Research appearing in a recent issue of Nature Neuroscience found that rod cells are the only ones responsible for "setting" internal clocks in low light conditions. What’s more, the study found that rods also contribute (along with cones and other retinal cells) to setting internal clocks in bright light conditions.
These findings are intriguing for several reasons, according to study leader Samer Hattar of the Department of Biology at the Krieger School of Arts and Sciences.
"One is that it had previously been thought that circadian rhythms could only be set at relatively bright light intensities, and that didn’t turn out to be the case," he explained. "And two, we knew going in that rods ‘bleach,’ or become ineffective, when exposed to very bright light, so it was thought that rods couldn’t be involved in setting our clocks at all in intense light. But they are."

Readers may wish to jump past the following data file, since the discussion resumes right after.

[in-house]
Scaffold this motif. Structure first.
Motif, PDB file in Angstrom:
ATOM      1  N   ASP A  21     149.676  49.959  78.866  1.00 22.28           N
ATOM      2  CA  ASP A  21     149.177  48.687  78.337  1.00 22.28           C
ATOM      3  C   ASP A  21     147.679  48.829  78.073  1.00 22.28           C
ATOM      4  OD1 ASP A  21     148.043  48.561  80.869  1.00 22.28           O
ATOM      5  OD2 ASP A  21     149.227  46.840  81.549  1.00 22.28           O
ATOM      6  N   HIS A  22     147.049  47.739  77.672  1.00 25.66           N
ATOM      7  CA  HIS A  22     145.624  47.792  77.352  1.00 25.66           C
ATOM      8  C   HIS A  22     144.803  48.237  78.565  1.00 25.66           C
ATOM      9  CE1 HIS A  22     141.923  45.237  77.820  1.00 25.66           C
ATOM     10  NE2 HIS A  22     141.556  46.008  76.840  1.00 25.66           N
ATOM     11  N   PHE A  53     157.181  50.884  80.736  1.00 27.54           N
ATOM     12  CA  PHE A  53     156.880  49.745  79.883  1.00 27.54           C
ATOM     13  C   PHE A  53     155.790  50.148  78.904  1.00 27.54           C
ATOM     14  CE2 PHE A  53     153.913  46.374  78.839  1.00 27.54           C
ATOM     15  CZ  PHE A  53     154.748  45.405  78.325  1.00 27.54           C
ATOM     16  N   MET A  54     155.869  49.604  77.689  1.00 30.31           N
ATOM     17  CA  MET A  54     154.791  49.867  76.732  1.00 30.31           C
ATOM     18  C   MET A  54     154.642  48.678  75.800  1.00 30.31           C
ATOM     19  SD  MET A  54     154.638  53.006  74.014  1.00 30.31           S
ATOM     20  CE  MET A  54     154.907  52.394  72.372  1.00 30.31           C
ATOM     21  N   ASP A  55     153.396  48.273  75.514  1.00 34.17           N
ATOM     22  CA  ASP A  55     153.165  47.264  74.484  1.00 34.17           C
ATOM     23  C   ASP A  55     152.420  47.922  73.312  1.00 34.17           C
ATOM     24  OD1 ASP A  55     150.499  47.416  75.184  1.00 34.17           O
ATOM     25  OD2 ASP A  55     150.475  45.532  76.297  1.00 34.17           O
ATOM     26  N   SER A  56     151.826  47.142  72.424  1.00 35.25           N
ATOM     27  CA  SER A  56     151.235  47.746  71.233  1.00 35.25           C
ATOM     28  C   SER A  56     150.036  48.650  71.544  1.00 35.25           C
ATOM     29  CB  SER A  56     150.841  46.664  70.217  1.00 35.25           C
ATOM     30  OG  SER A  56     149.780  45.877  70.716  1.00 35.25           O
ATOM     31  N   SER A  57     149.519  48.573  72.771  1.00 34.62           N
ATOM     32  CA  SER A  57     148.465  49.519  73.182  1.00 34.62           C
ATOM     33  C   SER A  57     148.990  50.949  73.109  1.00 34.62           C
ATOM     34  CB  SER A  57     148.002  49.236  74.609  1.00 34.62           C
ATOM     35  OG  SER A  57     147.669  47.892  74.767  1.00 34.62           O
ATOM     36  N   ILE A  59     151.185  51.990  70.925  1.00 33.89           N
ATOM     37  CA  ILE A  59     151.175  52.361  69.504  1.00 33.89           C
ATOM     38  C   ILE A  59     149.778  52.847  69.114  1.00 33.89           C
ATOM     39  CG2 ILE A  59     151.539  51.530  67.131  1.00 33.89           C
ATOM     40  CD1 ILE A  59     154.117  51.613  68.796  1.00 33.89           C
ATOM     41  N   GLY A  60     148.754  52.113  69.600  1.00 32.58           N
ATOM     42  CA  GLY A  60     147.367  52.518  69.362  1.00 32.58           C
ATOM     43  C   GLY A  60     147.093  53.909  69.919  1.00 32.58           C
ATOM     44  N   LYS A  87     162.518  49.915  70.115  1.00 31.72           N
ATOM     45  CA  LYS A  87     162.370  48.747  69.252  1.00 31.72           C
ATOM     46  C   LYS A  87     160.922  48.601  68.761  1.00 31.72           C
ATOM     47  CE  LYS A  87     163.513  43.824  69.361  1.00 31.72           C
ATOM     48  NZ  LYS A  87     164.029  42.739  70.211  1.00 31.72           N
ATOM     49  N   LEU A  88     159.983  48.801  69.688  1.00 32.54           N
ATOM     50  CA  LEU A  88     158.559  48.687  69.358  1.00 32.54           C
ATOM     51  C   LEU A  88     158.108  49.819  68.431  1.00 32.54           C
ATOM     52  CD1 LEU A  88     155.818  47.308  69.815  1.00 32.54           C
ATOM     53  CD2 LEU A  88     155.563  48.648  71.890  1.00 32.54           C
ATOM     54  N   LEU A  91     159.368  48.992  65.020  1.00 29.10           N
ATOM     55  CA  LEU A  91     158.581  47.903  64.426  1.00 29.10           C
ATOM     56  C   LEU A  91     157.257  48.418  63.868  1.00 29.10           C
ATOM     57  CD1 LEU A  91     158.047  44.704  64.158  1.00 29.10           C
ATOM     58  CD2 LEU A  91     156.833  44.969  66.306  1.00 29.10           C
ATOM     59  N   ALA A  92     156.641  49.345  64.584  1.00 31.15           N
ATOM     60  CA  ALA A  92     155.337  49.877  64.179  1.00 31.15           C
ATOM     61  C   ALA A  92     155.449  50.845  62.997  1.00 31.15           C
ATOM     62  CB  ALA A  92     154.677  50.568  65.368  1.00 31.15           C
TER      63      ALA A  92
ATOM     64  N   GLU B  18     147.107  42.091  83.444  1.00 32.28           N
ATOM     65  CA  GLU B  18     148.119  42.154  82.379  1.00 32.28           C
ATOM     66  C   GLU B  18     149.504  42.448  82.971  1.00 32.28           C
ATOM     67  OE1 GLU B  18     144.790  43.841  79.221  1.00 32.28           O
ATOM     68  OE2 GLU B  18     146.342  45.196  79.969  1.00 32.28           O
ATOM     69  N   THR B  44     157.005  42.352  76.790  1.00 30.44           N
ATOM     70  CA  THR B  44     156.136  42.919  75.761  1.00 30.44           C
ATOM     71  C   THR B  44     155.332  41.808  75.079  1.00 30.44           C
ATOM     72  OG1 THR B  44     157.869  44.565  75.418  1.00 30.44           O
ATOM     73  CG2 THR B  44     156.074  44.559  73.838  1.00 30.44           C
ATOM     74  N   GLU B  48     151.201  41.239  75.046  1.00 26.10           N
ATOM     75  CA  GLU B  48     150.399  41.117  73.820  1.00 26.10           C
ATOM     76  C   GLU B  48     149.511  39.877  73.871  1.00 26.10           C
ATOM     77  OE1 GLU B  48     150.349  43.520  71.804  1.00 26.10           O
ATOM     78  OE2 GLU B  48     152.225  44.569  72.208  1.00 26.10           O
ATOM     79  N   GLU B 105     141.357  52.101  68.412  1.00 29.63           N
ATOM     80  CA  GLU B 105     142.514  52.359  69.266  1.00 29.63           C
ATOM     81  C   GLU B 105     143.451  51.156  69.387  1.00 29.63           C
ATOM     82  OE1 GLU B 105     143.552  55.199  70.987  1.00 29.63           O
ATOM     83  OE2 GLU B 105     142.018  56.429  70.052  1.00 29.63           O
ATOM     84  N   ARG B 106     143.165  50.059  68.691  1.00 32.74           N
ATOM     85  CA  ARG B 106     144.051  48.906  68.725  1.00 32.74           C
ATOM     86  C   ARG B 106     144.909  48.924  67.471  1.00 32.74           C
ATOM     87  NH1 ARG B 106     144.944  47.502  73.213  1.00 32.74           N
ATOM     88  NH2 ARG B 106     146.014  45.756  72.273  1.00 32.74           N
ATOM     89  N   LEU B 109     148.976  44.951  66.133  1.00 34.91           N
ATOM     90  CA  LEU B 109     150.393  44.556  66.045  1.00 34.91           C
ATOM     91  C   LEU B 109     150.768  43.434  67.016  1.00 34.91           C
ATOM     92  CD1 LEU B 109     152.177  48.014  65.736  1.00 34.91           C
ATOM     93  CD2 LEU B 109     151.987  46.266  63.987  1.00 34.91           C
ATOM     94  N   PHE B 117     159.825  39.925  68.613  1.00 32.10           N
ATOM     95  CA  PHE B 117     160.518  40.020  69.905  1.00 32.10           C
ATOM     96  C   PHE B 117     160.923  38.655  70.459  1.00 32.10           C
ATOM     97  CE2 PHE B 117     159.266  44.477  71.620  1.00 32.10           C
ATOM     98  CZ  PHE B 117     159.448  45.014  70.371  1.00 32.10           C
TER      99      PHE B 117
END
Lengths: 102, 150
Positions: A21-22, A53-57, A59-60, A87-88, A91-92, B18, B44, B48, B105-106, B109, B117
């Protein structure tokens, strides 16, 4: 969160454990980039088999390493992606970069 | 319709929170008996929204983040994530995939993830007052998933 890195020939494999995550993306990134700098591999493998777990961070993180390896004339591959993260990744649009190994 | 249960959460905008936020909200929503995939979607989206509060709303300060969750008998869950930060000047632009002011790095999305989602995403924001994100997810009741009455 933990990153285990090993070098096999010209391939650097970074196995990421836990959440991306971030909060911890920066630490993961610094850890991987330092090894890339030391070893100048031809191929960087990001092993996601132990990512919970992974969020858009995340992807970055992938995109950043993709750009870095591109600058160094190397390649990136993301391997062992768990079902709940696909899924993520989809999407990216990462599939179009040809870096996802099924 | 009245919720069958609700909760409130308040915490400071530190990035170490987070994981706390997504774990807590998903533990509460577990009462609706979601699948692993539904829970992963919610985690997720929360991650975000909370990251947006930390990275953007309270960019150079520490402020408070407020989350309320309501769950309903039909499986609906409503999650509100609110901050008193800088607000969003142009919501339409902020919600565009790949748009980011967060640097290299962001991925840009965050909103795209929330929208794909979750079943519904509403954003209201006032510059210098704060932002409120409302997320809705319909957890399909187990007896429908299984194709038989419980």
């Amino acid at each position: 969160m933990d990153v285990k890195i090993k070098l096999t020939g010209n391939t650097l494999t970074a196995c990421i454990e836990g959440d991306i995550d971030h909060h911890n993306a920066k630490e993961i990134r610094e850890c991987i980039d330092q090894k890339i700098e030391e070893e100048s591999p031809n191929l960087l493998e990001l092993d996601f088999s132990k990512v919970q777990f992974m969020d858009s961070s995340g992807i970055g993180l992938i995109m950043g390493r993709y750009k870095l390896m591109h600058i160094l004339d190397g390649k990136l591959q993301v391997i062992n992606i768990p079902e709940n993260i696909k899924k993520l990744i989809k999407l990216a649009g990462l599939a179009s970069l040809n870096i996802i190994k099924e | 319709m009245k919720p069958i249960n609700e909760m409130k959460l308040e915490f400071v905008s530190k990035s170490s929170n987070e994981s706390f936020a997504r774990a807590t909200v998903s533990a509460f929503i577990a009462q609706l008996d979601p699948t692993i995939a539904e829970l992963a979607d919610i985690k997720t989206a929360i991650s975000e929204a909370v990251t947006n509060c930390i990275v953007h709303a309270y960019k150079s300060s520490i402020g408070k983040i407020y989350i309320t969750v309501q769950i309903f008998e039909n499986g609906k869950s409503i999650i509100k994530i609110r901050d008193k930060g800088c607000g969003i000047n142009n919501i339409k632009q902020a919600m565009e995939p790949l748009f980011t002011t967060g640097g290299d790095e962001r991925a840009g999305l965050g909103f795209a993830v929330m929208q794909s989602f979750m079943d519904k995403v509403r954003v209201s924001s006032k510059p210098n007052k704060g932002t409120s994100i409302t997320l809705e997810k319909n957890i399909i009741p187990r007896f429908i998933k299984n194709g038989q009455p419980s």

In the study, Hattar’s team used a group of mice that were genetically modified to have only rod photoreceptors. The team then exposed the rodents to varying intensities of light, measuring the animals’ responding level of activity by how often they ran on hamster wheels.
The study results indicate that prolonged exposure to dim or low light at night (such as that in homes and office buildings) can influence mammals’ biological clocks and "throw off" their sleep-wake cycles. Hattar suggested that one way people can mitigate this effect is to make sure to get some exposure to bright daylight every day.